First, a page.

Make The Most Of Leftovers With A Traditional Italian Recipe For Panzanella

Elegant Entertaining On A Budget

My restaurant background demands that I plan ahead, utilize everything in my refrigerator, and create fresh and creative dishes that cost pennies. In other words, I’m frugal. So when I realized that I was often throwing out unfinished bread (I’m not a big fan of freezing it), I dived into the world of panzanella. Panzanella is an Italian word for bread salad. The first time I experienced it, at the restaurant Peasant in NoLita, I was mesmerized. The liberal use of herbs was the hook, especially when I began creating my own salads and realized that mint, basil, and parsley could be used interchangeably. If I had all three, great—if I only had one, that was great, too.

Here is some inspiration for approaching this versatile dish:

1. Plan Ahead For Leftovers

Think of this salad as a way to get use out of all of your odds and ends. Ensure you have extras on hand (i.e. next time you grill vegetables, make extra). For example, if you sauté mushrooms to go with a steak, make double and use the extra mushrooms later in your panzanella. Another example: If you’re roasting a chicken anyway, make some winter squash alongside it so that you optimize your oven usage. Whenever the oven is on for something else, wrap a bulb of garlic (top ¼ sliced off) in some aluminum foil with a drizzle of olive oil and remove it when the bulb is soft—as you’ll see, roasted garlic goes great in panzanella, too.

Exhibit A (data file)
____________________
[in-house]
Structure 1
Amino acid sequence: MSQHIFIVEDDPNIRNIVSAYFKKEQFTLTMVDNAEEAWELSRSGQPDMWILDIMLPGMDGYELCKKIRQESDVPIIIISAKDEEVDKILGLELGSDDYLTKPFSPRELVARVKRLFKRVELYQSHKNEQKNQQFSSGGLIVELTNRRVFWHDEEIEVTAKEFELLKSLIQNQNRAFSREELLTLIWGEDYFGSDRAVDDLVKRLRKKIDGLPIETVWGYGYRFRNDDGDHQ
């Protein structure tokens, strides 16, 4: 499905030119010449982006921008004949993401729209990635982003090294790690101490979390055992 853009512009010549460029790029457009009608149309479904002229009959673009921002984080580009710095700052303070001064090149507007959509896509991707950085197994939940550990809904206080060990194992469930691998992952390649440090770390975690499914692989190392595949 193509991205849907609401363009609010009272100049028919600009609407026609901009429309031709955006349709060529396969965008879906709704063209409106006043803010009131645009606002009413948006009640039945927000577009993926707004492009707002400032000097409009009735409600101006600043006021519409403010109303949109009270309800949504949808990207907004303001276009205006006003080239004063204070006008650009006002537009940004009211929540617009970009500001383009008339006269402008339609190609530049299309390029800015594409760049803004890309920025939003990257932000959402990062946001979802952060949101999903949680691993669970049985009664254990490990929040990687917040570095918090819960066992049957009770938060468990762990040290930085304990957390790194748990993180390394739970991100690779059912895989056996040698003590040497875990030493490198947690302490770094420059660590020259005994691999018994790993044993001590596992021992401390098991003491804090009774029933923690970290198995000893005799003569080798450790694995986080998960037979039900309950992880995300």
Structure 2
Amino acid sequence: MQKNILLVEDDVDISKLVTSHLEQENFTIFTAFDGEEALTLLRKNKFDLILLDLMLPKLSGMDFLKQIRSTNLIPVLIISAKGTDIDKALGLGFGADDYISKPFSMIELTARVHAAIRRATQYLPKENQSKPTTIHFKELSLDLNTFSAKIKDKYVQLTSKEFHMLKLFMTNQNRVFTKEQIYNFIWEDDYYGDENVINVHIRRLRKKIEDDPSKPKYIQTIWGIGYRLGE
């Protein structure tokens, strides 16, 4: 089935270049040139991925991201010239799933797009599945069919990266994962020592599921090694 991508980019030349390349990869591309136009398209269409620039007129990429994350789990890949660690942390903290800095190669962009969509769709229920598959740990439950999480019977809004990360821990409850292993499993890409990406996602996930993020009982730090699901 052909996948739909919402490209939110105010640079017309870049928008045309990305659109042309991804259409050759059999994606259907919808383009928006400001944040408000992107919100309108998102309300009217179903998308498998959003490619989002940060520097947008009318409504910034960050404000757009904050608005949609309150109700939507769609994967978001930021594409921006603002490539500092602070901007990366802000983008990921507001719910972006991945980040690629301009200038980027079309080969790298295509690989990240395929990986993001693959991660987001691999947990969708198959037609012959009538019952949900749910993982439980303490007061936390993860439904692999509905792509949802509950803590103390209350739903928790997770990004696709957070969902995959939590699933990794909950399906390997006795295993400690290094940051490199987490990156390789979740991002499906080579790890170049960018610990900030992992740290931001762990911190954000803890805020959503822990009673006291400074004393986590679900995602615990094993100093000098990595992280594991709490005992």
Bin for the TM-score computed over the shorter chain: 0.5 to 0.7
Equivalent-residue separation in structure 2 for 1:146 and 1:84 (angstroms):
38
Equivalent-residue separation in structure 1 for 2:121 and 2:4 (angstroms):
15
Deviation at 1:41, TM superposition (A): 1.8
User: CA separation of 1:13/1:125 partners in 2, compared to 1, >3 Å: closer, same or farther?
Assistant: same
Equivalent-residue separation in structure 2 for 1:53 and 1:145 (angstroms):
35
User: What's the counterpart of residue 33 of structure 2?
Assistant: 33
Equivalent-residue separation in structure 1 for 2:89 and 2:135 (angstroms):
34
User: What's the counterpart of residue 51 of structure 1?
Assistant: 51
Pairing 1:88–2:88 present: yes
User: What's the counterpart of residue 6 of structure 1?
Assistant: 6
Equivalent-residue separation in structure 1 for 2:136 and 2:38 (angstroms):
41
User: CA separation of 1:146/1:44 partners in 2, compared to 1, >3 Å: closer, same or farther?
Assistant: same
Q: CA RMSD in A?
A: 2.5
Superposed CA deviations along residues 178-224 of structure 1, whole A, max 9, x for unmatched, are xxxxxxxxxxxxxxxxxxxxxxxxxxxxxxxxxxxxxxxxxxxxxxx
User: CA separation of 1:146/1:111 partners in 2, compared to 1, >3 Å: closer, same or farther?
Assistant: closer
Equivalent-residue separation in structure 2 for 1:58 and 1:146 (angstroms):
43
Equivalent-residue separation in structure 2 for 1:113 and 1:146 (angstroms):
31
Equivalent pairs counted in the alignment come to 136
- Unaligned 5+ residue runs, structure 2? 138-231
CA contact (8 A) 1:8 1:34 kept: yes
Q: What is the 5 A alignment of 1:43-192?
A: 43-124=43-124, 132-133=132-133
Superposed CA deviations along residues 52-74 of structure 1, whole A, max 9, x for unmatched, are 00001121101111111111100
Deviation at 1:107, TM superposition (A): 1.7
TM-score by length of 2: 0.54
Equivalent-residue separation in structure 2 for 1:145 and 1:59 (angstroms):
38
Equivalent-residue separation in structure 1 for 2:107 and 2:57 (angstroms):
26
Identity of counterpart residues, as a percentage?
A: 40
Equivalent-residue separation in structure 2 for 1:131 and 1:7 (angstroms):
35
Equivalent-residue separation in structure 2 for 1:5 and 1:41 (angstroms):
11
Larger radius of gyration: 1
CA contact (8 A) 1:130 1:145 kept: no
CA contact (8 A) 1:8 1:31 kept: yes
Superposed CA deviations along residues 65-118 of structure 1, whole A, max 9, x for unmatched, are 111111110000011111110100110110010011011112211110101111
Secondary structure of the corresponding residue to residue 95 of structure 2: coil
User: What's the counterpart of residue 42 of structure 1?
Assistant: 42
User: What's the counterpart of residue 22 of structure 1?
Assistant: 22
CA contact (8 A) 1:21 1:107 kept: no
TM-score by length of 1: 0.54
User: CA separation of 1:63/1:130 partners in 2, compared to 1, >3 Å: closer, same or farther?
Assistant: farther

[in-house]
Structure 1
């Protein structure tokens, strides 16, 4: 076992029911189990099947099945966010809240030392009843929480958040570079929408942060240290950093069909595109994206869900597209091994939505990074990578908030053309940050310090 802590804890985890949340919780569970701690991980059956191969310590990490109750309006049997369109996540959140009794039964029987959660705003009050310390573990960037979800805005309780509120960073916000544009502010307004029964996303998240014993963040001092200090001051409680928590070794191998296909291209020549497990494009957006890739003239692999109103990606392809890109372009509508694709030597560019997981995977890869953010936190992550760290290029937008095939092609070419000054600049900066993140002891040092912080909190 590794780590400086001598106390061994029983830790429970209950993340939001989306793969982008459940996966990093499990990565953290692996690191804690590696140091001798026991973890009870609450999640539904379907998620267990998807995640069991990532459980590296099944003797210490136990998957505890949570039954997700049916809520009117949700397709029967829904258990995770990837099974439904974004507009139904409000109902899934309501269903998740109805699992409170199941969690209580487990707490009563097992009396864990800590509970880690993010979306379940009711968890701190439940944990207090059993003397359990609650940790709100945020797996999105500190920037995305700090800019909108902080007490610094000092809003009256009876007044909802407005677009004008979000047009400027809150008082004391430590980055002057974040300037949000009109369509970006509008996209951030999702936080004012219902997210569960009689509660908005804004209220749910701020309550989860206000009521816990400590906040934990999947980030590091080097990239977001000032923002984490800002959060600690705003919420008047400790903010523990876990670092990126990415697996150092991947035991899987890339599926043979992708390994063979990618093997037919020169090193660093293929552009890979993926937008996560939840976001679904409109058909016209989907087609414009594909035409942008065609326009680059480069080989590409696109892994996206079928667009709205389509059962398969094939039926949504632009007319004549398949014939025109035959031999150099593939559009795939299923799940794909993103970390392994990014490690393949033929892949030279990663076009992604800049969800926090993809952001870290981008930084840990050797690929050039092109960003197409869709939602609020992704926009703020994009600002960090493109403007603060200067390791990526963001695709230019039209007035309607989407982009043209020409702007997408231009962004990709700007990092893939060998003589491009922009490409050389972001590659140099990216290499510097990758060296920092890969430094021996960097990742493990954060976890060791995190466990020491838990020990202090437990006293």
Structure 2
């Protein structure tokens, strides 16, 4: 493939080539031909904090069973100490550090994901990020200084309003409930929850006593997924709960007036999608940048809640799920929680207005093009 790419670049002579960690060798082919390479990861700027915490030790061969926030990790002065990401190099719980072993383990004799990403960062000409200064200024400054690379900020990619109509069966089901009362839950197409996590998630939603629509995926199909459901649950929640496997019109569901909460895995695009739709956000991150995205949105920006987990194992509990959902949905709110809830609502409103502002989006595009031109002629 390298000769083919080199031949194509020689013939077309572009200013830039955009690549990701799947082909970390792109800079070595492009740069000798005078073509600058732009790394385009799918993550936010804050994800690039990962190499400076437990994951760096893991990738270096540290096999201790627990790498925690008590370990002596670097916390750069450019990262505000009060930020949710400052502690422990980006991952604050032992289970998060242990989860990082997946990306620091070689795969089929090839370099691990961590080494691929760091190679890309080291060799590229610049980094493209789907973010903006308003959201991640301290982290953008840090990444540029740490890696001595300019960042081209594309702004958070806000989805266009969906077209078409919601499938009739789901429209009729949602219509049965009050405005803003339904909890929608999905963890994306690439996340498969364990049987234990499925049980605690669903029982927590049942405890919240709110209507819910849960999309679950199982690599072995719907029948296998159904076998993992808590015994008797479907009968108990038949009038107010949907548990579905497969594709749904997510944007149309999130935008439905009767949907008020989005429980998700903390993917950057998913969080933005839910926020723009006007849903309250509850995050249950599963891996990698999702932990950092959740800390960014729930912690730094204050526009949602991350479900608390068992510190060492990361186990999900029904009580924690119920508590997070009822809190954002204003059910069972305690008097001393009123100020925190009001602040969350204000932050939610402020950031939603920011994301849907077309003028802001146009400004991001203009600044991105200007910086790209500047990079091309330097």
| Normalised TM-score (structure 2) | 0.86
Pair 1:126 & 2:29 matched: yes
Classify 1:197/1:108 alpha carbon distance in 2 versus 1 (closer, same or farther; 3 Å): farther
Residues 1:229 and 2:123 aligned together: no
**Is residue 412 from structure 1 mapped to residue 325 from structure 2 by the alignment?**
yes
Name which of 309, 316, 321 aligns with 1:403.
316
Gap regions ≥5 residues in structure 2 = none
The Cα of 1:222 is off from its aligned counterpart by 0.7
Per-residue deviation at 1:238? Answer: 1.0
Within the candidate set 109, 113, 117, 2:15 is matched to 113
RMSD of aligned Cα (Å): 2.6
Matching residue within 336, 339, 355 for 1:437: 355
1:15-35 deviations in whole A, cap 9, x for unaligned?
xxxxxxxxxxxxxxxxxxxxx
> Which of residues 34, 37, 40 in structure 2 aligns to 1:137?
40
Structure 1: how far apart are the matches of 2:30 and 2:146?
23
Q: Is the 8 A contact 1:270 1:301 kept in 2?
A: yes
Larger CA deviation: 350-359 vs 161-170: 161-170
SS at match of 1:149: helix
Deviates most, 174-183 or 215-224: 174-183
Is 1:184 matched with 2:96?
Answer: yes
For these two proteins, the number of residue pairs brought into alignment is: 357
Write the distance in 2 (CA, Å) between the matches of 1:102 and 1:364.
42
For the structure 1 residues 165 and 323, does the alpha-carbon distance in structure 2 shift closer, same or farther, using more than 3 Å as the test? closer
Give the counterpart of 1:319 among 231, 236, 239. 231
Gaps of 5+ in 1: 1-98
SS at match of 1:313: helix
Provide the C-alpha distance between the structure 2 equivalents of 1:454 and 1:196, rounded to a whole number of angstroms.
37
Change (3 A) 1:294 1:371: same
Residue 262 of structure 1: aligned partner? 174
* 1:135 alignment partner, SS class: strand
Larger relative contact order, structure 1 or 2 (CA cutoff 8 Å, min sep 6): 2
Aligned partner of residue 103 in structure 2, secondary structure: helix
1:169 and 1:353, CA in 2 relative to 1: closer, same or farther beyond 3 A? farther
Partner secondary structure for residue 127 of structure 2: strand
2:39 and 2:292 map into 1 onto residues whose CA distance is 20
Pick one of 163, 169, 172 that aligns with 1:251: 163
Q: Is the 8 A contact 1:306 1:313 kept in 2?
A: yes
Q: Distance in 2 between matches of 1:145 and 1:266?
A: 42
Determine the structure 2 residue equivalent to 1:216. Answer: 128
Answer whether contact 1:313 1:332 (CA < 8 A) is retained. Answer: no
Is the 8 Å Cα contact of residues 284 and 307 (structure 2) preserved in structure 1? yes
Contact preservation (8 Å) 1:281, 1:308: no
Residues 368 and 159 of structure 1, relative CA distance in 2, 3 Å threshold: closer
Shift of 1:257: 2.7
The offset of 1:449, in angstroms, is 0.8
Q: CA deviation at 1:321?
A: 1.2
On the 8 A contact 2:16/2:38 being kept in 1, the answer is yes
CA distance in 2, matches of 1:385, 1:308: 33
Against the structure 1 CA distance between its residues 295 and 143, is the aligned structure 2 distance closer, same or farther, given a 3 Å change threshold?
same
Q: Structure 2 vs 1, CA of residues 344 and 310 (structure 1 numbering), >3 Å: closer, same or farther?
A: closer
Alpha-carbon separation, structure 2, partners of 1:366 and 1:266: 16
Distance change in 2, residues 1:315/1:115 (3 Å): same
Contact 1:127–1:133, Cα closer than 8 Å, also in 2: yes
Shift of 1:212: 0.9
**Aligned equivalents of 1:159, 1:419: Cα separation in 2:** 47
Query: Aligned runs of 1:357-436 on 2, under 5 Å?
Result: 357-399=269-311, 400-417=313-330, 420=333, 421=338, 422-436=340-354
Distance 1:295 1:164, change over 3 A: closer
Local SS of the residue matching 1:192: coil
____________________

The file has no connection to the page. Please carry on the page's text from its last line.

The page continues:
2. Throw It Together In Minutes

Panzanella can have over a dozen ingredients, but don’t get spooked; the process is really a matter of making a salad dressing and adding bread plus “bits & pieces.” All of my variations share the core ingredients of various fresh herbs, oil, vinegar, garlic, capers, and olives. I also regularly enjoy adding cucumber and onion. Major deviations depend upon the season and what you have on hand.

3. Timing Is Key

A panzanella doesn’t take much active time to prepare, but the dressing should sit for a while before serving to allow the flavors to marinate. I think of the process as prepping the ingredients (including the dressing beforehand and when you’re ready to serve), and then combining dressing with bread and other components.

The following recipes include the traditional summer salad, plus options to enjoy throughout the year:

4. “Traditional” Panzanella

½  pound day-old terra nova bread, torn into 1-inch cubes (about 4 cups)
3  cups coarsely chopped tomato (about 2 pounds) or 30-40 cherry tomatoes, quartered
¼  cup coarsely chopped fresh basil
¼ cup coarsely chopped fresh mint
¼ cup coarsely chopped fresh Italian (flat) parsley
½  cup thinly sliced red onion
½ cup coarsely chopped Kirby cucumber
½ cup pitted and halved Niçoise olives
1 tablespoon capers, rinsed
1 garlic clove, minced
1 tablespoon balsamic vinegar
2 tablespoons extra virgin olive oil
Zest of one lemon
½  teaspoon freshly ground black pepper
½  teaspoon kosher or maldon salt

1. Preheat oven to 400°.
2. Arrange bread cubes in a single layer on a baking sheet. Bake at 400° until toasted; shake the sheet and rotate after about 5 minutes. Cool the cubes.
3. Combine tomato and the next 8 ingredients (through garlic) in a large bowl. Combine vinegar, oil, zest, pepper, and salt. Add vinegar mixture to tomato mixture; toss well. Cover and let stand 1 hour.
4. Add bread cubes, toss gently to coat. Serve immediately.

Yield: 4 servings (serving size: 2 cups)

For variations on my traditional recipe, check out two more delicious types of panzanella!

View Slide Show

Posted in: , ,
  • Mom Town

    Deborah, can you come to my house please. Thanks.

  • Jenny, NYC

    Tom is funny. I really think that having the opportunity to read your postings and recommendations is like having you some part of your experience. I love using your advice! Really works for me.

    • Msaguilo

      It is like having some part of your expertice at home.